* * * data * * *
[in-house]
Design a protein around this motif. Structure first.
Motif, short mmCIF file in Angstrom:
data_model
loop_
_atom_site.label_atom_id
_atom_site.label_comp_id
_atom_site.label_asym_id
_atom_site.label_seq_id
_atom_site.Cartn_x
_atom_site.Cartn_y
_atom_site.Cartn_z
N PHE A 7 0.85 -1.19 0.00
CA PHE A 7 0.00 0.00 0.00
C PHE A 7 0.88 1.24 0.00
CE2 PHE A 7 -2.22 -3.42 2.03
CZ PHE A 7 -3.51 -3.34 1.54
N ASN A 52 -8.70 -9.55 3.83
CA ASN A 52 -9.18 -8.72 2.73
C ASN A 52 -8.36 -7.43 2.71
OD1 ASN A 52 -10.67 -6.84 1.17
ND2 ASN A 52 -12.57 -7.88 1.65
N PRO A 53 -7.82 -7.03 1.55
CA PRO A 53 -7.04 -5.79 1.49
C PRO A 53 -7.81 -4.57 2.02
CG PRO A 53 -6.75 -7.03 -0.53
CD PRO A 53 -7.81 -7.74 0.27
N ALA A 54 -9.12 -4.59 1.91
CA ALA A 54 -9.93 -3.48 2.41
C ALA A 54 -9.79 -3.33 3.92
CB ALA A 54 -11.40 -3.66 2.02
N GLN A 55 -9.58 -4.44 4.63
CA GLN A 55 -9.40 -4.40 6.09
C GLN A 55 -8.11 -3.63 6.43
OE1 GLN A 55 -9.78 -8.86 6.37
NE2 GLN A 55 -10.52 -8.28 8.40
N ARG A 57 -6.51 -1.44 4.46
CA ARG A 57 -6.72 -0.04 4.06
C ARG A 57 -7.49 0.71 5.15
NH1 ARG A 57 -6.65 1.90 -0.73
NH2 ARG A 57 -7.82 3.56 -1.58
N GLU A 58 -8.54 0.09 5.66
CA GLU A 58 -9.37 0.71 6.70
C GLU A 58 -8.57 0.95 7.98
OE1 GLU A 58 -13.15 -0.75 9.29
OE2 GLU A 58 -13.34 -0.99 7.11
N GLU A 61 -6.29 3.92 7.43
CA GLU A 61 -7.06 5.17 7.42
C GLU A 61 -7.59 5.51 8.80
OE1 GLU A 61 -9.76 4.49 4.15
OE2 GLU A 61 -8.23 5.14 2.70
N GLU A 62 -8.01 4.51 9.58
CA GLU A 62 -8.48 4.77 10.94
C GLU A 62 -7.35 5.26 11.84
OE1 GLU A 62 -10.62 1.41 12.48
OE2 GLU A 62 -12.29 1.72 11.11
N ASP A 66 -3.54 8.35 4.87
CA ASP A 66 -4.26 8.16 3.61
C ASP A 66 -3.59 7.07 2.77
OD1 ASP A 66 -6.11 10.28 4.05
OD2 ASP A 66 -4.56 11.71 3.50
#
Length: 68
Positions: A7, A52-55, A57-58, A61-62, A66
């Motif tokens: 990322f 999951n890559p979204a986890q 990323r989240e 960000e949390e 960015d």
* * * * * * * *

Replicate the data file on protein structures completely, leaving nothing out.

[in-house]
Design a protein around this motif. Structure first.
Motif, short mmCIF file in Angstrom:
data_model
loop_
_atom_site.label_atom_id
_atom_site.label_comp_id
_atom_site.label_asym_id
_atom_site.label_seq_id
_atom_site.Cartn_x
_atom_site.Cartn_y
_atom_site.Cartn_z
N PHE A 7 0.85 -1.19 0.00
CA PHE A 7 0.00 0.00 0.00
C PHE A 7 0.88 1.24 0.00
CE2 PHE A 7 -2.22 -3.42 2.03
CZ PHE A 7 -3.51 -3.34 1.54
N ASN A 52 -8.70 -9.55 3.83
CA ASN A 52 -9.18 -8.72 2.73
C ASN A 52 -8.36 -7.43 2.71
OD1 ASN A 52 -10.67 -6.84 1.17
ND2 ASN A 52 -12.57 -7.88 1.65
N PRO A 53 -7.82 -7.03 1.55
CA PRO A 53 -7.04 -5.79 1.49
C PRO A 53 -7.81 -4.57 2.02
CG PRO A 53 -6.75 -7.03 -0.53
CD PRO A 53 -7.81 -7.74 0.27
N ALA A 54 -9.12 -4.59 1.91
CA ALA A 54 -9.93 -3.48 2.41
C ALA A 54 -9.79 -3.33 3.92
CB ALA A 54 -11.40 -3.66 2.02
N GLN A 55 -9.58 -4.44 4.63
CA GLN A 55 -9.40 -4.40 6.09
C GLN A 55 -8.11 -3.63 6.43
OE1 GLN A 55 -9.78 -8.86 6.37
NE2 GLN A 55 -10.52 -8.28 8.40
N ARG A 57 -6.51 -1.44 4.46
CA ARG A 57 -6.72 -0.04 4.06
C ARG A 57 -7.49 0.71 5.15
NH1 ARG A 57 -6.65 1.90 -0.73
NH2 ARG A 57 -7.82 3.56 -1.58
N GLU A 58 -8.54 0.09 5.66
CA GLU A 58 -9.37 0.71 6.70
C GLU A 58 -8.57 0.95 7.98
OE1 GLU A 58 -13.15 -0.75 9.29
OE2 GLU A 58 -13.34 -0.99 7.11
N GLU A 61 -6.29 3.92 7.43
CA GLU A 61 -7.06 5.17 7.42
C GLU A 61 -7.59 5.51 8.80
OE1 GLU A 61 -9.76 4.49 4.15
OE2 GLU A 61 -8.23 5.14 2.70
N GLU A 62 -8.01 4.51 9.58
CA GLU A 62 -8.48 4.77 10.94
C GLU A 62 -7.35 5.26 11.84
OE1 GLU A 62 -10.62 1.41 12.48
OE2 GLU A 62 -12.29 1.72 11.11
N ASP A 66 -3.54 8.35 4.87
CA ASP A 66 -4.26 8.16 3.61
C ASP A 66 -3.59 7.07 2.77
OD1 ASP A 66 -6.11 10.28 4.05
OD2 ASP A 66 -4.56 11.71 3.50
#
Length: 68
Positions: A7, A52-55, A57-58, A61-62, A66
């Motif tokens: 990322f 999951n890559p979204a986890q 990323r989240e 960000e949390e 960015d």